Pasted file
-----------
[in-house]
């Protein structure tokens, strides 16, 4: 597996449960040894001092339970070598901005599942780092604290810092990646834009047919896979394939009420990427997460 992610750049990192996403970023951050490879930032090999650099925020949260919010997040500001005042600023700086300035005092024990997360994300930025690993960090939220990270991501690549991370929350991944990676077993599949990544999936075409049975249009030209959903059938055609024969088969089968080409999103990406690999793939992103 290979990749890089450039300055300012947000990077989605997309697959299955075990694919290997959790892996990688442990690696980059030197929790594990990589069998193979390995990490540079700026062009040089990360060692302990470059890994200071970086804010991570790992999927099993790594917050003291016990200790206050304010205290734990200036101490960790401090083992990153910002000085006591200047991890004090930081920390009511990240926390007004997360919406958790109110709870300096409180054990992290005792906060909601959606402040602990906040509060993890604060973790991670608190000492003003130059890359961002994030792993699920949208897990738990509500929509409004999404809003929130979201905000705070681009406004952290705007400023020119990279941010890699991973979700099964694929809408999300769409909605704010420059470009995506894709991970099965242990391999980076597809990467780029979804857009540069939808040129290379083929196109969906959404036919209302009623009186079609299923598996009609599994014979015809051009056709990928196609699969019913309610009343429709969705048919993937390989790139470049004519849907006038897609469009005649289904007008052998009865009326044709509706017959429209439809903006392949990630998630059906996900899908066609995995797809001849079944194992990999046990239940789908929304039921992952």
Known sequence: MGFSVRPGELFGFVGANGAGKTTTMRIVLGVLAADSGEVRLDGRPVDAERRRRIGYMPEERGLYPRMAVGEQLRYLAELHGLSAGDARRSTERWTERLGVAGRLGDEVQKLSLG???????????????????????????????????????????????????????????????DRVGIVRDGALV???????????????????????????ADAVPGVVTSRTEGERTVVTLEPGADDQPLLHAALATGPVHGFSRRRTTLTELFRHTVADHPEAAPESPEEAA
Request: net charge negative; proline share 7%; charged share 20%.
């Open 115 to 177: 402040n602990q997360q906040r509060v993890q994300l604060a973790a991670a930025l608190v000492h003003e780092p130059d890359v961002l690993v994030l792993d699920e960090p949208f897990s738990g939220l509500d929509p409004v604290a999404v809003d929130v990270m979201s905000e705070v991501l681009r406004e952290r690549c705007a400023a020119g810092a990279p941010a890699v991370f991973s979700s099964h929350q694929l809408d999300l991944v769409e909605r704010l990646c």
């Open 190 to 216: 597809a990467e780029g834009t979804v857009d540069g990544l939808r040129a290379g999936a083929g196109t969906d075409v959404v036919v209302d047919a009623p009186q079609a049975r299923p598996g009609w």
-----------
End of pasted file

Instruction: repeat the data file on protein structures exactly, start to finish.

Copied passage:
[in-house]
């Protein structure tokens, strides 16, 4: 597996449960040894001092339970070598901005599942780092604290810092990646834009047919896979394939009420990427997460 992610750049990192996403970023951050490879930032090999650099925020949260919010997040500001005042600023700086300035005092024990997360994300930025690993960090939220990270991501690549991370929350991944990676077993599949990544999936075409049975249009030209959903059938055609024969088969089968080409999103990406690999793939992103 290979990749890089450039300055300012947000990077989605997309697959299955075990694919290997959790892996990688442990690696980059030197929790594990990589069998193979390995990490540079700026062009040089990360060692302990470059890994200071970086804010991570790992999927099993790594917050003291016990200790206050304010205290734990200036101490960790401090083992990153910002000085006591200047991890004090930081920390009511990240926390007004997360919406958790109110709870300096409180054990992290005792906060909601959606402040602990906040509060993890604060973790991670608190000492003003130059890359961002994030792993699920949208897990738990509500929509409004999404809003929130979201905000705070681009406004952290705007400023020119990279941010890699991973979700099964694929809408999300769409909605704010420059470009995506894709991970099965242990391999980076597809990467780029979804857009540069939808040129290379083929196109969906959404036919209302009623009186079609299923598996009609599994014979015809051009056709990928196609699969019913309610009343429709969705048919993937390989790139470049004519849907006038897609469009005649289904007008052998009865009326044709509706017959429209439809903006392949990630998630059906996900899908066609995995797809001849079944194992990999046990239940789908929304039921992952």
Known sequence: MGFSVRPGELFGFVGANGAGKTTTMRIVLGVLAADSGEVRLDGRPVDAERRRRIGYMPEERGLYPRMAVGEQLRYLAELHGLSAGDARRSTERWTERLGVAGRLGDEVQKLSLG???????????????????????????????????????????????????????????????DRVGIVRDGALV???????????????????????????ADAVPGVVTSRTEGERTVVTLEPGADDQPLLHAALATGPVHGFSRRRTTLTELFRHTVADHPEAAPESPEEAA
Request: net charge negative; proline share 7%; charged share 20%.
């Open 115 to 177: 402040n602990q997360q906040r509060v993890q994300l604060a973790a991670a930025l608190v000492h003003e780092p130059d890359v961002l690993v994030l792993d699920e960090p949208f897990s738990g939220l509500d929509p409004v604290a999404v809003d929130v990270m979201s905000e705070v991501l681009r406004e952290r690549c705007a400023a020119g810092a990279p941010a890699v991370f991973s979700s099964h929350q694929l809408d999300l991944v769409e909605r704010l990646c």
């Open 190 to 216: 597809a990467e780029g834009t979804v857009d540069g990544l939808r040129a290379g999936a083929g196109t969906d075409v959404v036919v209302d047919a009623p009186q079609a049975r299923p598996g009609w």